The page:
To be fair, that scene with the Bay’s English Muffins was the only day of almost 80 shoot days that I wasn’t able to be there, and it was early into photography of the film. Elaine did not typically “direct” the cameraman, although she might have a lot of questions. That afternoon, she called to let me know she and Rob would be rehearsing, and I was in Toronto opening a film at a festival. I asked her if I could send a cameraman over to shoot some fly-on-the-wall vérité material…and I should have known better. She didn’t know the cameraman, no one was minding him, and if Elaine suspects you don’t know what you’re doing, she will tell you what you should be doing! Anyone in her shoes would have been self-conscious at that time — it’s very difficult to mind your own business if you aren’t perfectly comfortable with the people in the room. Lucky for me, she became comfortable with all my cameramen pretty quickly. There were three numbers on speed dial at all times (Shane Sigler, Josh Weinstein, Rod Lamborn) so I could be ready with a cameraman anytime she let me know we could shoot. The majority of the time, we were surprised and delighted by at the access she was giving us. She has no sense of vanity, she is more concerned that you are actually getting enough material to make a good film. It was a joy to be around her, hang out with her,  at the Carlyle, on Madison Avenue, at Three Guys deli. That intimacy made a lot possible. No lighting, no boom person, just me and a cameraman. She has since become a very important person in my life, a very dear friend.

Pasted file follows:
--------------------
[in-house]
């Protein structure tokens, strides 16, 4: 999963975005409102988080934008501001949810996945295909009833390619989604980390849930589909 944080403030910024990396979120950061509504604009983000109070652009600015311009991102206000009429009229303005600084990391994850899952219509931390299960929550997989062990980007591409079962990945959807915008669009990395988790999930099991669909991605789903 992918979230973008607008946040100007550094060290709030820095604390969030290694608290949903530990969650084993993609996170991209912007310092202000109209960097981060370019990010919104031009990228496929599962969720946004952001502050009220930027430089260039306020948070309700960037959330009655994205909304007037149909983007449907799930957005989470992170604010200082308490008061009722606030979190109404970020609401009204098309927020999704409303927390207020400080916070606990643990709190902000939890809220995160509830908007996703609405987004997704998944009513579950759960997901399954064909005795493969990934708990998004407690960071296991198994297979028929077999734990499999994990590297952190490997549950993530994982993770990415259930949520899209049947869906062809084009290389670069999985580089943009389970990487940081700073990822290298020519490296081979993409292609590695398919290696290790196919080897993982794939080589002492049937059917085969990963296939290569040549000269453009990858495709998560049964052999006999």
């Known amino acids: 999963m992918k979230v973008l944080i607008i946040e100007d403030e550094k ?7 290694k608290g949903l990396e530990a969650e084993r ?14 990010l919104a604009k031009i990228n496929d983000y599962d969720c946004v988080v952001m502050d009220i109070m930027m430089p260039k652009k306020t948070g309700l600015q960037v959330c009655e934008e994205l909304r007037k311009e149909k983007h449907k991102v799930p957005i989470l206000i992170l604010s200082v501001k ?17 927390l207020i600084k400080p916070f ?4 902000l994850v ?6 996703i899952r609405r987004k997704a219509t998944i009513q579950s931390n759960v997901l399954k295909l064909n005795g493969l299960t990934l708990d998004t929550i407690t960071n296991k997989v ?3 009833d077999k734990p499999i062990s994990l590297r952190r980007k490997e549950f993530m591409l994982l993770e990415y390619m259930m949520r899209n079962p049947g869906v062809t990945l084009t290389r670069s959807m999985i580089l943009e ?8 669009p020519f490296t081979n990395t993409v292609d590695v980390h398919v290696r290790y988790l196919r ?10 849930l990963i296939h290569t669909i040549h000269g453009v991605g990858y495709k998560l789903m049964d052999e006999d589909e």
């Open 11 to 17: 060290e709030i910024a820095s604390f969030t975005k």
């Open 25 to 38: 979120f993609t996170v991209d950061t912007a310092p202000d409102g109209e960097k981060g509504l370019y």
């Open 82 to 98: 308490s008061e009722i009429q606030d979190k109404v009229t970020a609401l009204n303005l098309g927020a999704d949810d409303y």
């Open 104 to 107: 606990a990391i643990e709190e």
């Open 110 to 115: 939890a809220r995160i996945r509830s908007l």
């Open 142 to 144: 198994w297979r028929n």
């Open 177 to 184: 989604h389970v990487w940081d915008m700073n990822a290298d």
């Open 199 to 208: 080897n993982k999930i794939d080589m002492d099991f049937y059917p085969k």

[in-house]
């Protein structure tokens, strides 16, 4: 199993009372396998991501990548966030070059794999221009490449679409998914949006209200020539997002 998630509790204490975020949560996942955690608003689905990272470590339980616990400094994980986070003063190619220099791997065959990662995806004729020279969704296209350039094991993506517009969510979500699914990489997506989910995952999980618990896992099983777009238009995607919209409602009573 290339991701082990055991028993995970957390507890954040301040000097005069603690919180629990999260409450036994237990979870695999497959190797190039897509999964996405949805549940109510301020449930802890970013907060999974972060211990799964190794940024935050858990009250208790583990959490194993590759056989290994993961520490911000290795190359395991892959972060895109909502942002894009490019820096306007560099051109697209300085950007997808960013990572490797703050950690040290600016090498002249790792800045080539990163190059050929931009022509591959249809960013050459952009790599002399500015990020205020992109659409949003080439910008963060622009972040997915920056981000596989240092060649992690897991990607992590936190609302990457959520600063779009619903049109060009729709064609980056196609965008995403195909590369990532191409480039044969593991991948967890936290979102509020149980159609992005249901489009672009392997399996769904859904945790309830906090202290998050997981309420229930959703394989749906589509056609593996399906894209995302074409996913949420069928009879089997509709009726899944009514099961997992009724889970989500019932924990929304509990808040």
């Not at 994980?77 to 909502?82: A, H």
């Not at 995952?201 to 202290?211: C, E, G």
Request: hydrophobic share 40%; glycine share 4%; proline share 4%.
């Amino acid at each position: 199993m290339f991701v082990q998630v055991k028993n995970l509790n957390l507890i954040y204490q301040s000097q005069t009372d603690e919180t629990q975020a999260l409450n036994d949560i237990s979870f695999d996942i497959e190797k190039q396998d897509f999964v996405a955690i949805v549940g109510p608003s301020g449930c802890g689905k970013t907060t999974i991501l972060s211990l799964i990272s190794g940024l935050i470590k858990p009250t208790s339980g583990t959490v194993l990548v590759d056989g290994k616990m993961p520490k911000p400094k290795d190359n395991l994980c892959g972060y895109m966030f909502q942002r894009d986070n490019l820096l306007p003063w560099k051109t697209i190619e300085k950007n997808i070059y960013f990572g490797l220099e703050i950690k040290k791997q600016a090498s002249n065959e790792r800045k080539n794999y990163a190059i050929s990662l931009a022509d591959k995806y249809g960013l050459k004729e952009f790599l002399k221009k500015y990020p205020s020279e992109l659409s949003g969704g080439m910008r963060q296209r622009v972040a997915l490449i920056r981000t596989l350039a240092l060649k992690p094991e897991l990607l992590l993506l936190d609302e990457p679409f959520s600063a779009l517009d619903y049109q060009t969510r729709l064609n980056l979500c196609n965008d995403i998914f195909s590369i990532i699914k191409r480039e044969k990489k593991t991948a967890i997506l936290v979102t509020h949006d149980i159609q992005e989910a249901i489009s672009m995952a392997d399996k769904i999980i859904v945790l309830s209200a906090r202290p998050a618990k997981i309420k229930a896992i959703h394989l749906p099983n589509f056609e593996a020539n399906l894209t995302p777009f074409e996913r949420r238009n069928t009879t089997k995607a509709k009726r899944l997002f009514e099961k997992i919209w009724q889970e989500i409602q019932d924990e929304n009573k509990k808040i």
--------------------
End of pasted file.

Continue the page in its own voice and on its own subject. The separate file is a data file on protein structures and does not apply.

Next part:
Filmmaker: What motivates you to make these kind of films?

Karasawa: I have an innate curiosity about and fascination with people. What drives them, what is the story behind the story, how do we get to be who we are? This particular film was also near and dear to my heart as my own parents are 80 and 90 years old. My mother has advanced dementia, my father is getting up there, and being with Elaine, watching her navigate her life alone at this critical stage, made me realize how challenging and upsetting the loss of independence can be. Elaine is so honest, innately entertaining, and she has the means to be poignant and funny at the same time. Courageous and vulnerable. For me, she was able to bring a voice to a universal time in life that we often do not think about or see evidence of in the media. I like to bring eyes to these people, those moments, start a thought or conversation. For me, it’s all about connection and acceptance.